Energy production of glycolysis:
ATP produced ATP utilized Net energy
In absence of oxygen
2ATP from 1,3 DPG.
From glucose to
From fructose -6-p to
fructose 1,6 p.
In presence of
2ATP from 1,3 BPG.
-From glucose to
From fructose -6-p to
fructose 1,6 p.
+ 4ATP or 6ATP
(from oxidation of 2
NADH + H in
E. oxidation of extramitochondrial NADH+H+:
1. cytoplasmic NADH+H+ cannot penetrate mitochondrial membrane,
however, it can be used to produce energy (4 or 6 ATP) by respiratory
chain phosphorylation in the mitochondria.
2. This can be done by using special carriers for hydrogen of NADH+H+
These carriers are either dihydroxyacetone phosphate (Glycerophosphate
shuttle) or oxaloacetate (aspartate malate shuttle).
a) Glycerophosphate shuttle:
1) It is important in certain muscle and nerve cells.
2) The final energy produced is 4 ATP.
- The coenzyme of cytoplasmic glycerol-3- phosphate dehydrogenase
- The coenzyme of mitochodrial glycerol-3-phosphate dehydogenase is
- Oxidation of FADH, in respiratory chain gives 2 ATP. As glycolysis
gives 2 cytoplasmic NADH + H+ → 2 mitochondrial FADH, 2 x 2
ATP → = 4 ATP.
b) Malate – aspartate shuttle:
1) It is important in other tissues patriculary liver and heart.
Differences between aerobic and
1. End product Pyruvate Lactate
2 .energy 6 or 8 ATP 2 ATP
3. Regeneration of
chain in mitochondria
4. Availability to TCA
Available and 2
Pyruvate can oxidize to
give 30 ATP
Not available as lactate
is cytoplasmic substrate
Substrate level phosphorylation:
This means phosphorylation of ADP to ATP at the reaction itself .in
glycolysis there are 2 examples:
- 1.3 Bisphosphoglycerate + ADP 3 Phosphoglycerate + ATP
- Phospho-enol pyruvate + ADP Enolpyruvate + ATP
I. Special features of glycolysis in RBCs:
1. Mature RBCs contain no mitochondria, thus:
a) They depend only upon glycolysis for energy production (=2 ATP).
b) Lactate is always the end product.
2. Glucose uptake by RBCs is independent on insulin hormone.
3. Reduction of met-hemoglobin: Glycolysis produces NADH+H+, which
used for reduction of met-hemoglobin in red cells.
Biological importance (functions) of glycolysis:
1. Energy production:
a) anaerobic glycolysis gives 2 ATP.
b) aerobic glycolysis gives 8 ATP.
2. Oxygenation of tissues:
Through formation of 2,3 bisphosphoglycerate, which decreases the
affinity of Hemoglobin to O2.
3. Provides important intermediates:
a) Dihydroxyacetone phosphate: can give glycerol-3phosphate, which is
used for synthesis of triacylglycerols and phospholipids (lipogenesis).
b) 3 Phosphoglycerate: which can be used for synthesis of amino acid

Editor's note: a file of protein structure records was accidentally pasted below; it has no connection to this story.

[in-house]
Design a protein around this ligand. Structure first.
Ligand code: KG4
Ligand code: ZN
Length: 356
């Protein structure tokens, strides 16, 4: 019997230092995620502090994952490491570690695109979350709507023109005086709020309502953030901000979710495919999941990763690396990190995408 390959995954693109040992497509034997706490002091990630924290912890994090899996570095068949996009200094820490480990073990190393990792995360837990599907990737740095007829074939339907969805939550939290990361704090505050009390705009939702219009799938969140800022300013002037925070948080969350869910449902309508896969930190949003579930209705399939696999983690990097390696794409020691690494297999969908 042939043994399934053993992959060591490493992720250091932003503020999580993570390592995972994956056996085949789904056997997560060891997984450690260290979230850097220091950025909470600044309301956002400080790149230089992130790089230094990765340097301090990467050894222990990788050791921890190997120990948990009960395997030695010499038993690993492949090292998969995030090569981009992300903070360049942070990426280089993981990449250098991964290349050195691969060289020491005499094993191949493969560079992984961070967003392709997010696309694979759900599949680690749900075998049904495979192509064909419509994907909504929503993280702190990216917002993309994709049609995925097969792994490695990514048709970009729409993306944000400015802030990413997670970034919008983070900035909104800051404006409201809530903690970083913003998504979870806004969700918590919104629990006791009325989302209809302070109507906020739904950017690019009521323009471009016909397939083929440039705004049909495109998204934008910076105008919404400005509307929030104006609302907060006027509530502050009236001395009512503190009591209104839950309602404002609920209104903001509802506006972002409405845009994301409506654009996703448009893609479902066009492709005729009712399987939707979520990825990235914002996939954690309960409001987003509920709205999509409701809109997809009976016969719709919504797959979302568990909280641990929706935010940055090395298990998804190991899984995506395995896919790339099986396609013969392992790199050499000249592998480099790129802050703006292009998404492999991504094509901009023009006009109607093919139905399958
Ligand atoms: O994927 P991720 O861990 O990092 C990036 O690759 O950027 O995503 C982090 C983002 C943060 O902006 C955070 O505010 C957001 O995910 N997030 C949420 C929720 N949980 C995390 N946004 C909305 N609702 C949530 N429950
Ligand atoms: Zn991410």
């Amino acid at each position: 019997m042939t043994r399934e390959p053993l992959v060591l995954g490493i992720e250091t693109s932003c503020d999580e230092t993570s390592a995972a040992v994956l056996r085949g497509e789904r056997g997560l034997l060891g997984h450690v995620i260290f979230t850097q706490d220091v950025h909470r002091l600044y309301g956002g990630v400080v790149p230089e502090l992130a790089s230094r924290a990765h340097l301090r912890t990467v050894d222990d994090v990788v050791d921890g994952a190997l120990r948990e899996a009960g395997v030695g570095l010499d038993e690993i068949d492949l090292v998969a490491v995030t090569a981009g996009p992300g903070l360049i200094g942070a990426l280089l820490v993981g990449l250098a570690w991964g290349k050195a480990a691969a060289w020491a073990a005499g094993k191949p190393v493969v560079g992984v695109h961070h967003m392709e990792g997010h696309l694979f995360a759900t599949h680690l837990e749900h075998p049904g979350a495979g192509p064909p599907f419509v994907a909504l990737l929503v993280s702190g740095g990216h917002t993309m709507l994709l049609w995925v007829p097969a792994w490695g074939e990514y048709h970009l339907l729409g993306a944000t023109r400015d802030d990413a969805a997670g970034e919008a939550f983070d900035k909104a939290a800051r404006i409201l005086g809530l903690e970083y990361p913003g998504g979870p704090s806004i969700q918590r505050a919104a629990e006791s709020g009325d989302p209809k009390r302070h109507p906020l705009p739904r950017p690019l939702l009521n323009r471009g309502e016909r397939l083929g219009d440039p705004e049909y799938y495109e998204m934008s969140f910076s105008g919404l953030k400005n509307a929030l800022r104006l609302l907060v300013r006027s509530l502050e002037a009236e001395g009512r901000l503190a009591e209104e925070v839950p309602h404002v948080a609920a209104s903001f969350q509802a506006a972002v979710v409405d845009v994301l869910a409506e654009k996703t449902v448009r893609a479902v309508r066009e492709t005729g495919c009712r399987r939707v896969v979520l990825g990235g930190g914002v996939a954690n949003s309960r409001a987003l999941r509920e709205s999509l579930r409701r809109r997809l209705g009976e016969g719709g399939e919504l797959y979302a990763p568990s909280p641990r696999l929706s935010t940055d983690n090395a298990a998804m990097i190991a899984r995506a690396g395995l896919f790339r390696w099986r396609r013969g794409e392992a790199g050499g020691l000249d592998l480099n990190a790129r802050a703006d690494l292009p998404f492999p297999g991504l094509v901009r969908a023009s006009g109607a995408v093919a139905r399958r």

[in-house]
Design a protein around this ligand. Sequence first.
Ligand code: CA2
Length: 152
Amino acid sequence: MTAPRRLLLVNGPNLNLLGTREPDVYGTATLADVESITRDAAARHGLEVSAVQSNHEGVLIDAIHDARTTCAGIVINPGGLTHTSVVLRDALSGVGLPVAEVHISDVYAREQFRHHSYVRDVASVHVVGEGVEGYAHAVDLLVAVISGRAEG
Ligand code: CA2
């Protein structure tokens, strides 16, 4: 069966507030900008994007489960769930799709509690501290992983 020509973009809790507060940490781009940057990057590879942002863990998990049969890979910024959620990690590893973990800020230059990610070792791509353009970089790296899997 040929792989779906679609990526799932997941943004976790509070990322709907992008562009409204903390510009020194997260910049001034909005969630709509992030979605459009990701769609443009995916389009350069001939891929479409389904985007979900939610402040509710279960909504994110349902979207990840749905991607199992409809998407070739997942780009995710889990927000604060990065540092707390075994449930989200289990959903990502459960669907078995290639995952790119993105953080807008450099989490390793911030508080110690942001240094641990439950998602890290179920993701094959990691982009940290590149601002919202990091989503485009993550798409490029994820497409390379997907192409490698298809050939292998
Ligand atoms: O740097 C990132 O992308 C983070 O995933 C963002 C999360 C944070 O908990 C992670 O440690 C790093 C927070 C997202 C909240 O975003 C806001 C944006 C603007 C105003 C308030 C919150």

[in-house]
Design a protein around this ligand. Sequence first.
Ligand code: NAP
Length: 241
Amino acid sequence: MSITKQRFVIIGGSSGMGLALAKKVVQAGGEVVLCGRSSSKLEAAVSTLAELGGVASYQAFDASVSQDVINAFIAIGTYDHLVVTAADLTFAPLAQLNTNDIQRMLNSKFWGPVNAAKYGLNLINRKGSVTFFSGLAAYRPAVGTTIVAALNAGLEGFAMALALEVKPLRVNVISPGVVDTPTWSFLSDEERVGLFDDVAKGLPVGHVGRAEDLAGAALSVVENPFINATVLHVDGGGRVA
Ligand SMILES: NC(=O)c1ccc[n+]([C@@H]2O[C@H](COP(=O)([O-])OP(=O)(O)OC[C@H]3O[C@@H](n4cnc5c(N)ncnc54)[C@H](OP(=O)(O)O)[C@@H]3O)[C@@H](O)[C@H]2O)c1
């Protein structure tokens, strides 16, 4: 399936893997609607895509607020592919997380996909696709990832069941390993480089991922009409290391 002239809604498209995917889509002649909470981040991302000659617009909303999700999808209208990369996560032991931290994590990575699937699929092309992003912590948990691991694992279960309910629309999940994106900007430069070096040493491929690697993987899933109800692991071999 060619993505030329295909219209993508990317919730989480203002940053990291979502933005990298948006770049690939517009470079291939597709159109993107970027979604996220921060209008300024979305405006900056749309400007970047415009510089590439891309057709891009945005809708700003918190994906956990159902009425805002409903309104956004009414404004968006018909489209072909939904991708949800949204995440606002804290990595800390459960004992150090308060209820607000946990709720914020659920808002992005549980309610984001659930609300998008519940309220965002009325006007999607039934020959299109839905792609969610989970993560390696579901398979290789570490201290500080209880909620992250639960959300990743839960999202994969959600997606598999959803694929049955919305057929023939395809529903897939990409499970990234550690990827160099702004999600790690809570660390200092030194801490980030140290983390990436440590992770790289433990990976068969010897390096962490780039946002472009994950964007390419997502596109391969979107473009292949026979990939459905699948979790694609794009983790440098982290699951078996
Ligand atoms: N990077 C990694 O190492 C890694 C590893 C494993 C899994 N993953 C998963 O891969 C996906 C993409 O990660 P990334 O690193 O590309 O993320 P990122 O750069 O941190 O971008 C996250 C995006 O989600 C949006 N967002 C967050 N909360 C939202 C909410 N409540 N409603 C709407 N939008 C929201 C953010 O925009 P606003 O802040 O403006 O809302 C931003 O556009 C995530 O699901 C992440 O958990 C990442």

c) Pyruvate: which can be used in synthesis of amino acid alanine.
4. Aerobic glycolysis provides the mitochondria with pyruvate, which gives
acetyl CoA Krebs' cycle.
Reversibility of glycolysis (Gluconeoqenesis):
1. Reversible reaction means that the same enzyme can catalyzes the
reaction in both directions.
2. all reactions of glycolysis -except 3- are reversible.
3. The 3 irreversible reactions (those catalyzed by kinase enzymes) can be
reversed by using other enzymes.
Glucose-6-p → Glucose
F1, 6 Bisphosphate → Fructose-6-p
Pyruvate → Phosphoenol pyruvate
4. During fasting, glycolysis is reversed for synthesis of glucose from non-
carbohydrate sources e.g. lactate. This mechanism is called:
Comparison between glucokinase and
1. Site Liver only All tissue cells
2. Affinity to glucose Low affinity (high km) i.e. it
acts only in the presence of
high blood glucose
High affinity (low km) i.e. it acts
even in the presence of low blood
3. Substrate Glucose only Glucose, galactose and fructose
4. Effect of insulin Induces synthesis of
5. Effect of glucose-6-p No effect Allosterically inhibits hexokinase
6. Function Acts in liver after meals. It
removes glucose coming in
portal circulation, converting
it into glucose -6-phosphate.
It phosphorylates glucose inside
the body cells. This makes glucose
concentration more in blood than
inside the cells. This leads to
continuous supply of glucose for
the tissues even in the presence of
low blood glucose concentration.
Importance of lactate production in anerobic
1. In absence of oxygen, lactate is the end product of glycolysis:
2. In absence of oxygen, NADH +
is not oxidized by the
3. The conversion of pyruvate to lactate is the mechanism for
regeneration of NAD+
4. This helps continuity of glycolysis, as the generated NAD+ will be
used once more for oxidation of another glucose molecule.
Glucose → Pyruvate → Lactate
•As pyruvate enters the mitochondrion, a
multienzyme complex modifies pyruvate to
acetyl CoA which enters the Krebs cycle in the
–A carboxyl group is removed as CO2.
–A pair of electrons is transferred from the
remaining two-carbon fragment to NAD+
coenzyme A to
form acetyl CoA.